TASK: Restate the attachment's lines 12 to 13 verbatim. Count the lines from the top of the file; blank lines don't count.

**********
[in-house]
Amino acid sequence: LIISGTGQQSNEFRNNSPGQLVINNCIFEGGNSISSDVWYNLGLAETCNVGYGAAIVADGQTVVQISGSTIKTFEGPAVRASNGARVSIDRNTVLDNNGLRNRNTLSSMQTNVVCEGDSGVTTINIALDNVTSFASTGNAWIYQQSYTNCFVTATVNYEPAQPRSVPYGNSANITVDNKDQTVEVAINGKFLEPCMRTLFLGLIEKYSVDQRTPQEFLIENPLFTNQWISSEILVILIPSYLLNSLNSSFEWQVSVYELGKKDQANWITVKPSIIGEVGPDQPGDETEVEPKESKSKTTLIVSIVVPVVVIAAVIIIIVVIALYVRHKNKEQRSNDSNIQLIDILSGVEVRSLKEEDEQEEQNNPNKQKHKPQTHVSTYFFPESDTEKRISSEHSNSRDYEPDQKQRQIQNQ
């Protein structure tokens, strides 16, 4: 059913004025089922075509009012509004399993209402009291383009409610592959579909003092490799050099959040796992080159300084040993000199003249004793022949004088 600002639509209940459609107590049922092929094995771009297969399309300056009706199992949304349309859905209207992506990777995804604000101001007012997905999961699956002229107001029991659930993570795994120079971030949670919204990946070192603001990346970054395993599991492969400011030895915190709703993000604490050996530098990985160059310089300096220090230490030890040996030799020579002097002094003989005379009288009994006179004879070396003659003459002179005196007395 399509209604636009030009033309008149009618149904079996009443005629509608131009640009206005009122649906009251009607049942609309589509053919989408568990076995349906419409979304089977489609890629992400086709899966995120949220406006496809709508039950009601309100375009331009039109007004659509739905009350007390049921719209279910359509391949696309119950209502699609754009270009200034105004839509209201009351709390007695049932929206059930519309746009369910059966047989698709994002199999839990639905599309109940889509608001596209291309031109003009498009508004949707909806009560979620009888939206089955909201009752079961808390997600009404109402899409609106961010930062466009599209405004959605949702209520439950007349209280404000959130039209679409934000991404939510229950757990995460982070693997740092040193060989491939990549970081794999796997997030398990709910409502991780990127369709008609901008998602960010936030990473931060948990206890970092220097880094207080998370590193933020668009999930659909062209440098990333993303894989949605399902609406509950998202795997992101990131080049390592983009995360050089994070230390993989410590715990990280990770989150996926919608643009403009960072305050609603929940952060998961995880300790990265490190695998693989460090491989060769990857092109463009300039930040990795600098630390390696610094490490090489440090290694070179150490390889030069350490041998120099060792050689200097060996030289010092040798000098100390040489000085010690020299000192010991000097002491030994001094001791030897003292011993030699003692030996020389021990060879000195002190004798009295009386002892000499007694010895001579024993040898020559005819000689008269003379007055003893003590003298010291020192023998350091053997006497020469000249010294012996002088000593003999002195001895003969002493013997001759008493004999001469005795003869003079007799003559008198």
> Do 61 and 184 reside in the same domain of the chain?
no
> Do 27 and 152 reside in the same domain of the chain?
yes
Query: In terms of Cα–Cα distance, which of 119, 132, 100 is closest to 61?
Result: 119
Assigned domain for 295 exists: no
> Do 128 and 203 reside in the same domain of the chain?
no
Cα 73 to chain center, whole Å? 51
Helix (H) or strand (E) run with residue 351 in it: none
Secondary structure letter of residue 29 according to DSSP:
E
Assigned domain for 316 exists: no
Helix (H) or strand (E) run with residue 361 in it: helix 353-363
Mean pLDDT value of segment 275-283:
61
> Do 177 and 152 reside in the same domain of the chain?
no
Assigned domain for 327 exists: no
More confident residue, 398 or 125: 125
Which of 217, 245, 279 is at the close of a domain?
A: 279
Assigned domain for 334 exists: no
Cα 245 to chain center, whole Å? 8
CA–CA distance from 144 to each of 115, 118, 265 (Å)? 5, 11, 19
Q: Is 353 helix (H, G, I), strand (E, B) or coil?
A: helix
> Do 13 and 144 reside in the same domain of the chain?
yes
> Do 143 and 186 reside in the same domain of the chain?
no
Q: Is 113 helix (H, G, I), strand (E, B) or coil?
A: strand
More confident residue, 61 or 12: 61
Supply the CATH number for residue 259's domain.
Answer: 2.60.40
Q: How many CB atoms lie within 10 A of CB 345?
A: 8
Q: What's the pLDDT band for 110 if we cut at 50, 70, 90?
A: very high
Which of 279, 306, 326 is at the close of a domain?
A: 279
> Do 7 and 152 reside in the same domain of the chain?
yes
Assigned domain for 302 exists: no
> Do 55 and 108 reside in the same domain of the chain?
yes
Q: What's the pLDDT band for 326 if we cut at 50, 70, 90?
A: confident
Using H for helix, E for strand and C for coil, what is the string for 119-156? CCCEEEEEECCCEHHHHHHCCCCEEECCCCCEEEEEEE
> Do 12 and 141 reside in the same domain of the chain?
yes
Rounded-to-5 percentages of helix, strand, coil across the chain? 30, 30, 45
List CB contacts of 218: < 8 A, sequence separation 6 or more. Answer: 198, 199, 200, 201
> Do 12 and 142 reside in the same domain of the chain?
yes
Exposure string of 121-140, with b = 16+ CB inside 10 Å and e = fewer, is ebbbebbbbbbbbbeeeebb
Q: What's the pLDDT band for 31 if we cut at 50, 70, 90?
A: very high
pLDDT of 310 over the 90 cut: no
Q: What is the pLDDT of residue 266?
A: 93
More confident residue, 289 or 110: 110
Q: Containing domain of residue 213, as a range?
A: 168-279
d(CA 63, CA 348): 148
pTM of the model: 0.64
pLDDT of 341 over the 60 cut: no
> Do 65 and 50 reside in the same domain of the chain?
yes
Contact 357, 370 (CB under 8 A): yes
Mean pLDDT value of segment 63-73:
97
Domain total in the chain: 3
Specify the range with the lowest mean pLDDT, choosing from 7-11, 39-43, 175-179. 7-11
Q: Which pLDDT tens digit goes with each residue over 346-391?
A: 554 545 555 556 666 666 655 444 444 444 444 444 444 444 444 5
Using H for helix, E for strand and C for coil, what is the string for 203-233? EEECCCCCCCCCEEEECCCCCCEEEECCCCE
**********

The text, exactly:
no
Cα 73 to chain center, whole Å? 51